How Some Of The World’s Top Writers Are Reacting To The Death Of V.S. Naipaul

V.S.-Naipaul
Nobel Prize-winner Sir Vidiadhar Surajprasad Naipaul gives lecture the preeminent international literary festival of the country, begun at the Bangla Academy of the Dhaka University campus in Dhaka, Bangladesh on November 18, 2016. (Photo by Mamunur Rashid/NurPhoto via Getty Images)

By NAN Contributor

News Americas, LONDON, England, Mon. Aug. 13, 2018: V.S. Naipaul, (Sir Vidiadhar Surajprasad Naipaul), will always be remembered for “The House of Mr. Biswas” by many Caribbean students of literature who may have first encountered the book as a mandatory choice on their school’s literary list of must-reads. But it is perhaps the Nobel laureate’s criticism of his own homeland of Trinidad and Tobago and his critical portraits of the West Indies, India, Africa, the Islamic faith and women writers that has left few truly saddened by his passing.

Here’s how some of the world’s top writers are reacting:

“We disagreed all our lives, about politics, about literature, and I feel as sad as if I just lost a beloved older brother. RIP Vidia. #VSNaipaul,” tweeted Salman Rushdie.

Aatish Taseer, the author, most recently, of “The Way Things Were,” called him “My Wonderful, Cruel Friend” in an op ed for the New York Times Sunday while The Guardian called Naipaul “a complicated man and a complicated legacy.” in an editorial.

American travel writer, Paul Theroux, whose best-known work is The Great Railway Bazaar, told NPR that Naipaul’s “gift was being uncompromising – stubborn and uncompromising, not accepting any cliche or any accepted version of what the world is, what politics is.

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“When you consider someone who was so defiant and so uncompromising in his writing and in his life, you learn a lot from that person. And so he was always going against the grain, sometimes to a fault,” he added.

Amitava Kumar, author, most recently, of the novel “Immigrant, Montana,” said Naipaul’s talent as a writer was “an arresting syntactic rhythm that fixed for his reader an image of the world as it was” while author Anand Giridharadas of ‘Winners Take All,’ tweeted: “There are a great many things about Naipaul that I have no desire to emulate. What I do take away after his passing is that summons to empathize and judge, empathize and judge, as the work of the writer.”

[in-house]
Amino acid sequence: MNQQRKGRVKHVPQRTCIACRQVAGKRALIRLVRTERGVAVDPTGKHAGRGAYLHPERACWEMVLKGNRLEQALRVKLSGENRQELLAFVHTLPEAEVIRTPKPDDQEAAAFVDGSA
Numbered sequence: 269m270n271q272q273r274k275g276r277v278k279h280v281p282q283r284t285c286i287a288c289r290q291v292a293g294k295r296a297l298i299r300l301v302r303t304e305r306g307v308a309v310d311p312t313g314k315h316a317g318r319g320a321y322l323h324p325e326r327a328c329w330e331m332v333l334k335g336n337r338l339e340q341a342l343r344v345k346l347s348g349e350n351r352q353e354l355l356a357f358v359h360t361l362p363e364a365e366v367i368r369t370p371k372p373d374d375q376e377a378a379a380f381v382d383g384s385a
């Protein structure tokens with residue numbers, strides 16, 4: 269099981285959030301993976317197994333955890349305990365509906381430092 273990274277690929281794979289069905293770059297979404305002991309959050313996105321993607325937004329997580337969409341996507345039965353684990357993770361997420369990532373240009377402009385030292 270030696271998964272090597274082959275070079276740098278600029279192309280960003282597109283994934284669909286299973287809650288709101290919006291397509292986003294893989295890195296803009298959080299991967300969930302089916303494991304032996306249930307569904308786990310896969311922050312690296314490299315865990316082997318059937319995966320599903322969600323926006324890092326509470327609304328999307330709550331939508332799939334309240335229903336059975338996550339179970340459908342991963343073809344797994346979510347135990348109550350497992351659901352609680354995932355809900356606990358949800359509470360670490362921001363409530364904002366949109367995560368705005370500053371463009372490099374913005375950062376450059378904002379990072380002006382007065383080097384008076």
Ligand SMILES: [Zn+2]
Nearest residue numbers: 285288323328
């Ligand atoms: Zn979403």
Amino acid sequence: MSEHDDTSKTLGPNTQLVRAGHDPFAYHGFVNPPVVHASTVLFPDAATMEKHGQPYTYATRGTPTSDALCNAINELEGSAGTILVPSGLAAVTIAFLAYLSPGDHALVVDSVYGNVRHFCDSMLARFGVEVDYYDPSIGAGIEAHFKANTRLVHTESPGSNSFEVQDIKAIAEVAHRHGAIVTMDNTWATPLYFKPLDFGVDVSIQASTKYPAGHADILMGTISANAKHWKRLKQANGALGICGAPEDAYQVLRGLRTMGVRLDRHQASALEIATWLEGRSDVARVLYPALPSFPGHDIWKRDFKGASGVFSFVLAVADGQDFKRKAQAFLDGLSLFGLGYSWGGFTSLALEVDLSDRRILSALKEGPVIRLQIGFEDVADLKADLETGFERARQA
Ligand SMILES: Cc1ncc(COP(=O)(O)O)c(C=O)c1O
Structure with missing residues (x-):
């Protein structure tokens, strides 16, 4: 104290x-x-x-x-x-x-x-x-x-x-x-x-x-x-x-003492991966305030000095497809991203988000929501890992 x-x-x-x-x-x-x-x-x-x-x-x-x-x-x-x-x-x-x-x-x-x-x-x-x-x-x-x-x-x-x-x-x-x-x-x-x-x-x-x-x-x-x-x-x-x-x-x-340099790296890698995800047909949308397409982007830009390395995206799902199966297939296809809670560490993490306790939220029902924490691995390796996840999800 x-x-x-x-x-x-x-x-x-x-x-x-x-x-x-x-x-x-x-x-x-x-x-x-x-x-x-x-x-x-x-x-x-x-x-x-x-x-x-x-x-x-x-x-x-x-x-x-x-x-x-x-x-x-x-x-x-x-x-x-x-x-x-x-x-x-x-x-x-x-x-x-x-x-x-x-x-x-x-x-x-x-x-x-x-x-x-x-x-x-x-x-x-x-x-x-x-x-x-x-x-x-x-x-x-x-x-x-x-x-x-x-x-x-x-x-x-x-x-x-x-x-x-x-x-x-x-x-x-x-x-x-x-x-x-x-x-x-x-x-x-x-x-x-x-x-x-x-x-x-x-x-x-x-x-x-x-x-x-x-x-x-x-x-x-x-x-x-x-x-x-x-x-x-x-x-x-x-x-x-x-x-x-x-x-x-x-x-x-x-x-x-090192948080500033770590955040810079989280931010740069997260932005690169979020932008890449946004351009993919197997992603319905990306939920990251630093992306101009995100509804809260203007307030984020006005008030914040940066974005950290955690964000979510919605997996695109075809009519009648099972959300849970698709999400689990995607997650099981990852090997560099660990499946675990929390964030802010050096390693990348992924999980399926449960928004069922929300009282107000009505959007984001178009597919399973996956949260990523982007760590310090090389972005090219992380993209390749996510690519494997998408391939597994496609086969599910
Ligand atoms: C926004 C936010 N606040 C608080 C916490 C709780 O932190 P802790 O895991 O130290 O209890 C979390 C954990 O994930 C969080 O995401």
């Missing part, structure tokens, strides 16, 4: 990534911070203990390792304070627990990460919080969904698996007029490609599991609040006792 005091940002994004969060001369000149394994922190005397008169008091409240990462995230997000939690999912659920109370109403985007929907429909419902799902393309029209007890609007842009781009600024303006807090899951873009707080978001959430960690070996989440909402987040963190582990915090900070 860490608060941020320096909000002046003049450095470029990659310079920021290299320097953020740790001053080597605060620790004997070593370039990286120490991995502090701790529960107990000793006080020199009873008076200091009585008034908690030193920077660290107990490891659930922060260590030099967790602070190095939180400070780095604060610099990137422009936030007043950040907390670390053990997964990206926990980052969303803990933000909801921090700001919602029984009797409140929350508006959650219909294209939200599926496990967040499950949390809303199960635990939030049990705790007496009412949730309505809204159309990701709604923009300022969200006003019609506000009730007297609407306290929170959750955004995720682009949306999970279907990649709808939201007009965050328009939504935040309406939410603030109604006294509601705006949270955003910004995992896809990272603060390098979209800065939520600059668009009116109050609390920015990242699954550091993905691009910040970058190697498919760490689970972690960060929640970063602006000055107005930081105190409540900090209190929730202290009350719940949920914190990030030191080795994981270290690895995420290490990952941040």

Naipaul passed away on Saturday, August 11, 2018, at his home in London with his third wife, Pakistan journalist, Nadira Naipaul reportedly, at his bedside. He was 85 and just days shy of his 86th birthday.

He was born on August 17, 1932 in Chaguanas, Trinidad and Tobago, the second child of Droapatie Capildeo and Seepersad Naipaul, who was a journalist.

Naipaul enrolled in the government-run Queen’s Royal College and upon graduation, Naipaul won a Trinidad Government scholarship that allowed him to study at any institution of higher learning in the British Commonwealth; he chose Oxford.

Naipaul once wrote: “The history of the islands can never be told satisfactorily. Brutality is not the only difficulty. History is built around achievement and creation; and nothing was created in the West Indies.”

Wrong VA. The West Indies created you!

Trinidad PM

And even though Naipaul spent much of his life denouncing the land of his birth and once said he thought it was a mistake that he was born there, the country’s PM, Keith Rowley, in a Facebook post on Sat. said: “It was with a profound sense of sadness that I received the news of the passing of Sir Vidiadhar Surajprasad Naipaul. On behalf of the Government and people of Trinidad and Tobago, I express sincere condolences to the family of Sir V.S. Naipaul. His literary works will always remain a testimony of his strength and amazing talent as well as ensure that he will never be forgotten. May he rest in peace.”


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